Most people associate virtual reality with 360° videos and immersive gaming but the potential applications of VR go way beyond this. Companies have been experimenting with simulation and the virtual world to offer training and education to professionals as well as therapy to patients from as early as 1994. It’s getting to the stage where high end VR systems such as the HTC Vive and Oculus Rift are becoming more affordable and more developers are seeing the potential in the healthcare industry. Applications can be generally split in to three categories: medical training & education, clinical healthcare, and the consumer market.
Medical Training & Professional Education
In April 2016 Dr. Shafi Ahmed performed the world’s first operation broadcast around the world via virtual reality. Broadcasting in VR allowed anyone from around the world with a headset to experience what it’s like to be in the operation theater. Viewers ranged from medical students, trainee surgeons and inquisitive members of the public who wished to immerse themselves in a real life procedure. As patients now have more choice over who they wish to perform a procedure, it becomes harder for trainee surgeons to gain real experience. In this regard virtual reality helps to offer some realistic experience without having to stand in the OR room. If you’re interested in witnessing a surgeons job up close, the app ‘ VR in OR’ is available for download on Google’s Playstore.
Aside from watching in on surgical procedures VR is being incorporated into simulation-based training and is advancing current telementoring technologies. AiSolve and Bioflight recently worked with Children’s Hospital Los Angeles on a program to help give experience to medical students in responding to emergency trauma situations. Aside from mirroring the pressure of a real-life emergency, the experience is responsive and allows the user to make a series of choices that affect the end result. As well as giving students experience and a feel of these real life situations, when compared with traditional training experiences such as those that require an expensive dummy model and a room full of people who wait their turn and are guided by a teacher, the virtual reality training is much more time and cost effective.
Virtual Reality has been used to treat patients for more than two decades. Treating post-traumatic stress disorders has been one of the main uses and generally involves exposure therapy which involves gradually exposing an individual to situations that might trigger symptoms. There’s been a lot of research on VR and it’s benefits to PTSD, however it is only now that headsets such as the HTC Vive and Oculus Rift are more accessible, that developers and healthcare providers are really taking notice.
VRIT is the first academic clinic that is dedicated to therapeutic immersive technologies. They are focused on helping patients who have experienced trauma and have sensory, motor, and cognitive symptoms. Dr Kim Bullock a neuropsychiatrist at Stanford University has been using the HTC Vive as treatment to chronic pain problems since 2016 and has expanded the research to other areas of clinical healthcare. Pain therapy is the idea is that the worst pain can be alleviated by manipulating the way the human mind works: the more you concentrate on pain, the worse it becomes. Overload the brain with sensory inputs such as with virtual reality – and its capacity to process pain and to be conscious of it, goes down.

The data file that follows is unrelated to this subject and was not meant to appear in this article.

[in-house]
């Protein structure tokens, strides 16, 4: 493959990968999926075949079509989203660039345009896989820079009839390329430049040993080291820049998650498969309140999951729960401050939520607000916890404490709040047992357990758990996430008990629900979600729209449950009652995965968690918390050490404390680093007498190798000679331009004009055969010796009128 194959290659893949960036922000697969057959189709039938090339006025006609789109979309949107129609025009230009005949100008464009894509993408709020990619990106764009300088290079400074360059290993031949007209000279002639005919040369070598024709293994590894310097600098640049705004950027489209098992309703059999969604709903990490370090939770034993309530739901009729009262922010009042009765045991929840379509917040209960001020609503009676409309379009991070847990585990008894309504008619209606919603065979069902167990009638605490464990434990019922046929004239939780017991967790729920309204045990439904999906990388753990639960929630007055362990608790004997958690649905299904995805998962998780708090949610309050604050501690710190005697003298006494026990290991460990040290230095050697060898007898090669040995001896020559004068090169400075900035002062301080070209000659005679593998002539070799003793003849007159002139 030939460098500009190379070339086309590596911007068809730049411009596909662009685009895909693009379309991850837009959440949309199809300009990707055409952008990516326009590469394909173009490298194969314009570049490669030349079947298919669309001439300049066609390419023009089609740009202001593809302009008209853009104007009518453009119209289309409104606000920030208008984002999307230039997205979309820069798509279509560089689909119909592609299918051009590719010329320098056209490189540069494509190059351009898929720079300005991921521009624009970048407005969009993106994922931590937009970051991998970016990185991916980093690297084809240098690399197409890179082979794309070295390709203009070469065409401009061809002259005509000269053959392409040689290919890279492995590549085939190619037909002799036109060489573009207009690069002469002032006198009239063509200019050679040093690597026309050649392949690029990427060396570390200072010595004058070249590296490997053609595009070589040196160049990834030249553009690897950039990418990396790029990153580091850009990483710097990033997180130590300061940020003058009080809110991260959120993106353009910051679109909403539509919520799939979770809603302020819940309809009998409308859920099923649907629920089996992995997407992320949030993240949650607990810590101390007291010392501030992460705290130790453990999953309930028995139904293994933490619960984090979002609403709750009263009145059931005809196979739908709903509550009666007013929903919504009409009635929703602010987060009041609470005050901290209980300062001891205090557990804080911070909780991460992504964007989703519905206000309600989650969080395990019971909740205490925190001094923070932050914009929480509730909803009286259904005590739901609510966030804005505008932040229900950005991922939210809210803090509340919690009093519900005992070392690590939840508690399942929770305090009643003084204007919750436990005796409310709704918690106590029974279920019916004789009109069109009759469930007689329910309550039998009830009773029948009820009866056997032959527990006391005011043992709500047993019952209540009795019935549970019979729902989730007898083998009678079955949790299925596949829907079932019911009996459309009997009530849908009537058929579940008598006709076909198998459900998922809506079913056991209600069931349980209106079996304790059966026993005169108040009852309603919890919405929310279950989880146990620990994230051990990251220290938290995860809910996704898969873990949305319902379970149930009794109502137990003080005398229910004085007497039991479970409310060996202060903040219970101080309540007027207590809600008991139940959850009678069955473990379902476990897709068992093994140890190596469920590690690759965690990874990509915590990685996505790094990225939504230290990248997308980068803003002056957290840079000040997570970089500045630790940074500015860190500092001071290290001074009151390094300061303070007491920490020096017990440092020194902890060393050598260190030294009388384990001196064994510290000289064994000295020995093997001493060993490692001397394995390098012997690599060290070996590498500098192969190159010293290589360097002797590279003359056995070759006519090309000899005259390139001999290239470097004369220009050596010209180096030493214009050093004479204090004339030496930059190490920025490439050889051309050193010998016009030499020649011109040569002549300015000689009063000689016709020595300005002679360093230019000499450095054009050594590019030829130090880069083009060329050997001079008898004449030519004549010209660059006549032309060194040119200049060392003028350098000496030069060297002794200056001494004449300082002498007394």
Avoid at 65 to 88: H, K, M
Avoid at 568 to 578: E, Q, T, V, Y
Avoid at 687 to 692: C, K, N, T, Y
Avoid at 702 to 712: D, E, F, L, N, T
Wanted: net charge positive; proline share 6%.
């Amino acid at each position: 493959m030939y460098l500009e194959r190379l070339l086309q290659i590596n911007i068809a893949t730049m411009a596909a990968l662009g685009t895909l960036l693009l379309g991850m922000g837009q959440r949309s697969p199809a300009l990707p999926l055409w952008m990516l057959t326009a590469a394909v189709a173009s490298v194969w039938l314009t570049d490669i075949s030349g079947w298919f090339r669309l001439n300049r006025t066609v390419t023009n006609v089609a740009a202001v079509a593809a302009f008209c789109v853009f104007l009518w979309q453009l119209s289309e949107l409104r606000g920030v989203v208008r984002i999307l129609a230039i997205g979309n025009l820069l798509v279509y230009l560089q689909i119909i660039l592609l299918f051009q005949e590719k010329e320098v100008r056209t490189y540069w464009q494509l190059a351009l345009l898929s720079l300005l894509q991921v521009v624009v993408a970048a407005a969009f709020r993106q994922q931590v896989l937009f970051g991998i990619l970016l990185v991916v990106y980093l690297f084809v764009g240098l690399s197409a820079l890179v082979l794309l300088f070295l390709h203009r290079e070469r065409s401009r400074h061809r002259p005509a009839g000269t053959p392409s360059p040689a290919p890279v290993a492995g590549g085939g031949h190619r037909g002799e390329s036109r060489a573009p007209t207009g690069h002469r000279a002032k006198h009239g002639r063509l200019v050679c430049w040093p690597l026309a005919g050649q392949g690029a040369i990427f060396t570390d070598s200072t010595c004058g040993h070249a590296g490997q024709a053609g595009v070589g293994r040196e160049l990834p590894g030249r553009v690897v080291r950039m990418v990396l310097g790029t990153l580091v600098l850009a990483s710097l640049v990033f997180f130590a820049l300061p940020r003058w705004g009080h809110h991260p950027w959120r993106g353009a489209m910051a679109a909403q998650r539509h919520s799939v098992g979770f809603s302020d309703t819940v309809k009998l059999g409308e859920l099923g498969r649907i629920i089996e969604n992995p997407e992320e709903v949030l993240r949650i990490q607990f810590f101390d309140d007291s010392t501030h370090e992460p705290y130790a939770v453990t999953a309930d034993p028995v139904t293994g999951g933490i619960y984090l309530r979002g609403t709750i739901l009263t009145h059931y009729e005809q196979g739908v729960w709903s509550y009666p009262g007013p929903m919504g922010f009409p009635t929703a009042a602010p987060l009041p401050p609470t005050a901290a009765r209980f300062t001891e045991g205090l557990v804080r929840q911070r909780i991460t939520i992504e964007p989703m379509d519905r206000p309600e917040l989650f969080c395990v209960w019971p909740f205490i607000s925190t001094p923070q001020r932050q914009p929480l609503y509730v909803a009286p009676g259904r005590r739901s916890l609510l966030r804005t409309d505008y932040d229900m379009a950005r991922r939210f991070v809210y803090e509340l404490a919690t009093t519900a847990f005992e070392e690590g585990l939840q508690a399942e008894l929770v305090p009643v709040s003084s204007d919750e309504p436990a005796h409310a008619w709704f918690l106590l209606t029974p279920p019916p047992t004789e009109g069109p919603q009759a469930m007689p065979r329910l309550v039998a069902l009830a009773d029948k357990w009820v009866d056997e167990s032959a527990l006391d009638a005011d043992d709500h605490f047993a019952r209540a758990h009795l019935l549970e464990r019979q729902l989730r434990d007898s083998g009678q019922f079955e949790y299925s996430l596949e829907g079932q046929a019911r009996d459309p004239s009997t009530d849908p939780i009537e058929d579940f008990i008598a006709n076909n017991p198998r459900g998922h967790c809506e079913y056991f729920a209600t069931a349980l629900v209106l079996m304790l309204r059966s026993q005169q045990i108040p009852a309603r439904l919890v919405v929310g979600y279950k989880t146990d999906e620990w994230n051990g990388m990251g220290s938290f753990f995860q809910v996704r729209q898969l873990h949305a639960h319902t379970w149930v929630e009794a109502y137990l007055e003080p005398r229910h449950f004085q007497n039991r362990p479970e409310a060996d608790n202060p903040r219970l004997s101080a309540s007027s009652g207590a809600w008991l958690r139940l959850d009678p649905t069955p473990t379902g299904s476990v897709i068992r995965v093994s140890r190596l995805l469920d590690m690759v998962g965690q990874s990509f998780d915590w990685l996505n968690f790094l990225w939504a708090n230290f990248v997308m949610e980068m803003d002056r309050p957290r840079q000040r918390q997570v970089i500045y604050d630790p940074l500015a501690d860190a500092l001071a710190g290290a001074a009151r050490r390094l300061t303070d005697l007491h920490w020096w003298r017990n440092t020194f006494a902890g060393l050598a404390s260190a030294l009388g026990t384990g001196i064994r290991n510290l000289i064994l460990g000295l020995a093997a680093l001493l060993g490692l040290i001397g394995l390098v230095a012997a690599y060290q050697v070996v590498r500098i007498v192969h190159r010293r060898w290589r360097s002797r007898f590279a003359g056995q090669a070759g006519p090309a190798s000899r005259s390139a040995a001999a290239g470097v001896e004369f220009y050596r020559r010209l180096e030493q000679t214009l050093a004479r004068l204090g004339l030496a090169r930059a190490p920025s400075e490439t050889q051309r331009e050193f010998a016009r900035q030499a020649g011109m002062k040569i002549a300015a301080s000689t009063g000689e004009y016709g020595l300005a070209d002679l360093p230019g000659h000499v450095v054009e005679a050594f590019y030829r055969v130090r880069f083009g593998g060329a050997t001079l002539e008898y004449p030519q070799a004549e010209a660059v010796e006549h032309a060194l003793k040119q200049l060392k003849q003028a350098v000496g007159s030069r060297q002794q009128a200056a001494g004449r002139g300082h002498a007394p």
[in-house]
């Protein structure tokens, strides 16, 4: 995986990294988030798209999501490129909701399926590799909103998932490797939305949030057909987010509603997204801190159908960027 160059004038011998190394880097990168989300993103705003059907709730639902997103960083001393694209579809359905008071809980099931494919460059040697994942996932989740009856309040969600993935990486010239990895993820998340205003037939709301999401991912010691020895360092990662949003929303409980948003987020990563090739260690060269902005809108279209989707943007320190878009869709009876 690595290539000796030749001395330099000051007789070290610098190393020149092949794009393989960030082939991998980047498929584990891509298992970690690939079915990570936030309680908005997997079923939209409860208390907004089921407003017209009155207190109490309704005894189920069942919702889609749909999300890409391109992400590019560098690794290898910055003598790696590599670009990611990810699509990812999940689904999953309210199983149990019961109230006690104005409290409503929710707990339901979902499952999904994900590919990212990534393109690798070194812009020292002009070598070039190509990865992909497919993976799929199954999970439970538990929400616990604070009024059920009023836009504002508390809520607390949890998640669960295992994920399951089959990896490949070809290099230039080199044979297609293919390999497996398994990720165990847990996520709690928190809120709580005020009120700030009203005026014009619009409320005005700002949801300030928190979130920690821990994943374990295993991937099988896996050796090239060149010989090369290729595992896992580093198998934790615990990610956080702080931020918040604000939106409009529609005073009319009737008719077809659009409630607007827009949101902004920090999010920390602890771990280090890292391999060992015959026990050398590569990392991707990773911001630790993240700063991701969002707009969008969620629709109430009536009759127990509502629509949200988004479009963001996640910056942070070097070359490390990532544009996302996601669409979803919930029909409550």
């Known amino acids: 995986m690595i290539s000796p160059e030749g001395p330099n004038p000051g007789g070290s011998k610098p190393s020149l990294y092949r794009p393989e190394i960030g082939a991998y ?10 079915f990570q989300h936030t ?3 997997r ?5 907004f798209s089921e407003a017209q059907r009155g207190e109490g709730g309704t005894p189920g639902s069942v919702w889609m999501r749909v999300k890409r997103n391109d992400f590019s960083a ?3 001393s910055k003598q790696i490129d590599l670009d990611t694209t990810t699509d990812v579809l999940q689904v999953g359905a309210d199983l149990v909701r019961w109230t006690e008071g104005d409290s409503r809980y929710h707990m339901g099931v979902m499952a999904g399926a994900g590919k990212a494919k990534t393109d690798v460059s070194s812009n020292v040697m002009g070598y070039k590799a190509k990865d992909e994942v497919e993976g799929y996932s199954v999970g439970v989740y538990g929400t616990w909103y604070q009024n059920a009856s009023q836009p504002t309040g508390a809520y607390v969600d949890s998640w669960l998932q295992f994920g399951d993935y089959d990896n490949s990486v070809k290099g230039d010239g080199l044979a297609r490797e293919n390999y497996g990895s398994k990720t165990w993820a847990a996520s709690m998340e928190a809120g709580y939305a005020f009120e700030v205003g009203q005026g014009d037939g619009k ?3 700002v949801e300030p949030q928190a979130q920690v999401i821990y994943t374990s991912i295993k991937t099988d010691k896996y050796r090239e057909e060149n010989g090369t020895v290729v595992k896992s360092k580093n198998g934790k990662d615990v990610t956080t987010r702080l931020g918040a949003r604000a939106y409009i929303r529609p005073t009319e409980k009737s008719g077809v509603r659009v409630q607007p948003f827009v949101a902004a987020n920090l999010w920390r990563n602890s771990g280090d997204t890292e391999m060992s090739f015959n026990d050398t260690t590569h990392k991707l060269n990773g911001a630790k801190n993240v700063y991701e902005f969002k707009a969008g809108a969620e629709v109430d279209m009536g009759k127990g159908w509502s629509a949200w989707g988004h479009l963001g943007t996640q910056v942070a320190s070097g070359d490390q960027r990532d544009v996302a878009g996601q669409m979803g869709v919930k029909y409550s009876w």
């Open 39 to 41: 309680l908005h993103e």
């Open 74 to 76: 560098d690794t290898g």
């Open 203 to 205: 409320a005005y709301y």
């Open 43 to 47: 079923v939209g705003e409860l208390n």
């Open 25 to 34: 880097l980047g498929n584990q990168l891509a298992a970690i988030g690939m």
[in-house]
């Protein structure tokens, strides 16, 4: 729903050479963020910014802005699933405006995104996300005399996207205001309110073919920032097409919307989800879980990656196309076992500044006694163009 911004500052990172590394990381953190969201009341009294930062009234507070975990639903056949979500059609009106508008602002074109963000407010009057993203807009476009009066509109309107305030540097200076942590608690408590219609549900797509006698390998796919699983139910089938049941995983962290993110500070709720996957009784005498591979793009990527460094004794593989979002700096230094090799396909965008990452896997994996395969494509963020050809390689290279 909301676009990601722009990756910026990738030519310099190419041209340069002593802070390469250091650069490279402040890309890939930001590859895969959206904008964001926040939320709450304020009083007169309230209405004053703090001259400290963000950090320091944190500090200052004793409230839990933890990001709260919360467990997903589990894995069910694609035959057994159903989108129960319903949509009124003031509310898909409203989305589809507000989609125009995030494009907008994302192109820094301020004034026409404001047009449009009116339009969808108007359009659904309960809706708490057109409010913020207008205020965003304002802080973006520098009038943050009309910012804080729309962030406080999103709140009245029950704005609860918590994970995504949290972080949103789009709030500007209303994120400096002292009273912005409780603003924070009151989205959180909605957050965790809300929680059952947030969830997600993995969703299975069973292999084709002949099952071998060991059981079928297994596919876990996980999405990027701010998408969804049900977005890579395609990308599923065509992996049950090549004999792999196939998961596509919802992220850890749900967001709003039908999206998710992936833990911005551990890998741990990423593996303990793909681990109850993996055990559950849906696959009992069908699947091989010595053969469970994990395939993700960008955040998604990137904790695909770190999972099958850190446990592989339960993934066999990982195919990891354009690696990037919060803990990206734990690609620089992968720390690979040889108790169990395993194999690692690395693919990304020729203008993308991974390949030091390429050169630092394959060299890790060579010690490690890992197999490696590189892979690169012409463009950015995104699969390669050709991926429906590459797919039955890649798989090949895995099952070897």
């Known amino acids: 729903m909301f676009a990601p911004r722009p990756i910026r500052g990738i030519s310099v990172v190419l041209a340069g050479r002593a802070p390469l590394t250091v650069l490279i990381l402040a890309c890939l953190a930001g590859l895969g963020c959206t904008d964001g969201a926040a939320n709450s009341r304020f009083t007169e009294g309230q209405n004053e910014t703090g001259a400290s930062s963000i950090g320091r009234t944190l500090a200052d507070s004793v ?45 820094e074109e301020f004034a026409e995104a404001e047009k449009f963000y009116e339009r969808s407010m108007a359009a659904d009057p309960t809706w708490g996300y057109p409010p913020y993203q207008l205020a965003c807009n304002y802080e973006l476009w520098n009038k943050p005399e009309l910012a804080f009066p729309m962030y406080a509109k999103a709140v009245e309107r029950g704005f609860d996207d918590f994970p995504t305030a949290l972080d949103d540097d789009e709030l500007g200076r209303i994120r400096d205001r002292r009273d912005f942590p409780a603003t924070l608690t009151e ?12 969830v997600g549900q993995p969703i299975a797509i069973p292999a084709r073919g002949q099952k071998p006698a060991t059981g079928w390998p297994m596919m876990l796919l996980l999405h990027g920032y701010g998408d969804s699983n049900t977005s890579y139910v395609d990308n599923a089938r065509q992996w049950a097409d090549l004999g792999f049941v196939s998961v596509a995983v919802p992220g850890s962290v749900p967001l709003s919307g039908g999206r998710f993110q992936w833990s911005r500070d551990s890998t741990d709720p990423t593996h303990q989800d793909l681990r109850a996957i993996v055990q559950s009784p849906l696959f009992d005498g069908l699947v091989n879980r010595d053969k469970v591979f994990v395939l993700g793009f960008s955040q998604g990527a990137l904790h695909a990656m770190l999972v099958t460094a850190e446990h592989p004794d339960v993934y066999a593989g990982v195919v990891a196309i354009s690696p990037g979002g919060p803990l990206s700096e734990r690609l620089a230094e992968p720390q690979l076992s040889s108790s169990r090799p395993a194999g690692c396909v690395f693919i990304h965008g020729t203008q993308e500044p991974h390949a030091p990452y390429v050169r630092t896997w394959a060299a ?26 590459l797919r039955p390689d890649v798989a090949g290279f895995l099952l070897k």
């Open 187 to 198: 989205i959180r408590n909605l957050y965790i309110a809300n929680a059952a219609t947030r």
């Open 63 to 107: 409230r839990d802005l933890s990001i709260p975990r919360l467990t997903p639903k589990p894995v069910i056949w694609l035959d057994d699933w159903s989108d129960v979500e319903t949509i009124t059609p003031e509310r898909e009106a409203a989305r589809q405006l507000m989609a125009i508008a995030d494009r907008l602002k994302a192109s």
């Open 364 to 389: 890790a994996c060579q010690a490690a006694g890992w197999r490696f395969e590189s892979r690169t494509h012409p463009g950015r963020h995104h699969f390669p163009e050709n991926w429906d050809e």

At the moment consumer apps generally focus on fitness and wellness. Users now have a choice of more than 20 meditation based applications on the Steam VR store for the HTC Vive. Similar apps are also widely available for the Samsung Gear VR and Oculus Rift. Apps like DunkTank VR don’t even require an expensive headset and are compatible with cardboard headsets that use your smartphone. Mobile VR has it’s limitations with users generally being guided through experiences that aren’t exactly immersive and don’t have much interaction involved but as the premium headsets such as the HTC Vive and Oculus Rift become cheaper and more accessible to the general population there will likely be a significant growth in wellness apps that offer better interaction – and a more tempting reason for users to consider trying meditation and other wellness practices.
Virtual and Augmented Reality is in its youth and still has many hurdles to overcome before it’s adopted by the masses. 2017 has seen the prices of major headsets drop, making them more accessible to consumers and to healthcare providers. One of the challenges that VR Cover seeks to solve is hygiene. Using a VR device involves pressing equipment to your face, sometimes for long periods of time which can mean bacteria and dirt is easily transferred between users.
In 2016 reports emerged of users catching pink eye after being to a virtual reality exhibition. Although the cause couldn’t be definitively identified it has shown the dangers of spreading germs and made users more aware of hygiene issues.
VR Cover have developed several solutions included replaceable, sanitizable PU leather foam replacements that are suitable for healthcare environments. However, it’s the recent release of Disposable Covers that has really helped. The disposable covers are a convenient and cost effective way for hospitals to share VR equipment between users without having to worry about the spread of germs and bacteria. The disposable covers are designed for the HTC Vive however will also work with the Oculus Rift and Samsung Gear VR, they attach to the headset with an adhesive ensuring a secure fit with no distractions for the user.